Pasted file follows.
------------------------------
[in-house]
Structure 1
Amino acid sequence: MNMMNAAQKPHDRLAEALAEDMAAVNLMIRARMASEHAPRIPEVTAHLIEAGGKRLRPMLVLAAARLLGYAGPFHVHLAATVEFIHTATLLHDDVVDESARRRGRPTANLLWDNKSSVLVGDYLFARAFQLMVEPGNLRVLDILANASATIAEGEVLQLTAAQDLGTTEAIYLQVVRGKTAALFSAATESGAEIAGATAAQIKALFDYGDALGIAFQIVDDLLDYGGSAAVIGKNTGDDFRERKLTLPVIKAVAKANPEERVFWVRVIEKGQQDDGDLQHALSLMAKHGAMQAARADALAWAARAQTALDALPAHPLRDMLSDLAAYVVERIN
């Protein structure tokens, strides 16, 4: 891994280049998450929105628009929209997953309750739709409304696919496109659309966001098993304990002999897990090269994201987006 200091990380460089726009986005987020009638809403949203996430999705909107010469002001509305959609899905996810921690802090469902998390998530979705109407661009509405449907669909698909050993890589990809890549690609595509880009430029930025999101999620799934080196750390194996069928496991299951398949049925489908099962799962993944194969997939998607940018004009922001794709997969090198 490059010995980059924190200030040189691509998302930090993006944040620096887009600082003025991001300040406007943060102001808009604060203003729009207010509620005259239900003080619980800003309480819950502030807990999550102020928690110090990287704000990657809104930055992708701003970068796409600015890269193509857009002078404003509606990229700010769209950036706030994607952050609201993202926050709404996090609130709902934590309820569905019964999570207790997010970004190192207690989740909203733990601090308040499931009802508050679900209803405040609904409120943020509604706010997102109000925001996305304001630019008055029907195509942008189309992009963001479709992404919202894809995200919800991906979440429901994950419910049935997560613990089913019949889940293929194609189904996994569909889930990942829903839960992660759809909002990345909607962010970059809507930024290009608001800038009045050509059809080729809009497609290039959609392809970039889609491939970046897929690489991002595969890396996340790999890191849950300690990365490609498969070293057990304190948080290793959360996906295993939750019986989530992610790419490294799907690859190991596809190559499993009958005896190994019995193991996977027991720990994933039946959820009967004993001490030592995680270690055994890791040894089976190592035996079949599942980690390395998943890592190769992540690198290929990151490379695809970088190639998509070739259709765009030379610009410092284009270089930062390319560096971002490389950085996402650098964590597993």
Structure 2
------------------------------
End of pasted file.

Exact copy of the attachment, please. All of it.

[in-house]
Structure 1
Amino acid sequence: MNMMNAAQKPHDRLAEALAEDMAAVNLMIRARMASEHAPRIPEVTAHLIEAGGKRLRPMLVLAAARLLGYAGPFHVHLAATVEFIHTATLLHDDVVDESARRRGRPTANLLWDNKSSVLVGDYLFARAFQLMVEPGNLRVLDILANASATIAEGEVLQLTAAQDLGTTEAIYLQVVRGKTAALFSAATESGAEIAGATAAQIKALFDYGDALGIAFQIVDDLLDYGGSAAVIGKNTGDDFRERKLTLPVIKAVAKANPEERVFWVRVIEKGQQDDGDLQHALSLMAKHGAMQAARADALAWAARAQTALDALPAHPLRDMLSDLAAYVVERIN
């Protein structure tokens, strides 16, 4: 891994280049998450929105628009929209997953309750739709409304696919496109659309966001098993304990002999897990090269994201987006 200091990380460089726009986005987020009638809403949203996430999705909107010469002001509305959609899905996810921690802090469902998390998530979705109407661009509405449907669909698909050993890589990809890549690609595509880009430029930025999101999620799934080196750390194996069928496991299951398949049925489908099962799962993944194969997939998607940018004009922001794709997969090198 490059010995980059924190200030040189691509998302930090993006944040620096887009600082003025991001300040406007943060102001808009604060203003729009207010509620005259239900003080619980800003309480819950502030807990999550102020928690110090990287704000990657809104930055992708701003970068796409600015890269193509857009002078404003509606990229700010769209950036706030994607952050609201993202926050709404996090609130709902934590309820569905019964999570207790997010970004190192207690989740909203733990601090308040499931009802508050679900209803405040609904409120943020509604706010997102109000925001996305304001630019008055029907195509942008189309992009963001479709992404919202894809995200919800991906979440429901994950419910049935997560613990089913019949889940293929194609189904996994569909889930990942829903839960992660759809909002990345909607962010970059809507930024290009608001800038009045050509059809080729809009497609290039959609392809970039889609491939970046897929690489991002595969890396996340790999890191849950300690990365490609498969070293057990304190948080290793959360996906295993939750019986989530992610790419490294799907690859190991596809190559499993009958005896190994019995193991996977027991720990994933039946959820009967004993001490030592995680270690055994890791040894089976190592035996079949599942980690390395998943890592190769992540690198290929990151490379695809970088190639998509070739259709765009030379610009410092284009270089930062390319560096971002490389950085996402650098964590597993």
Structure 2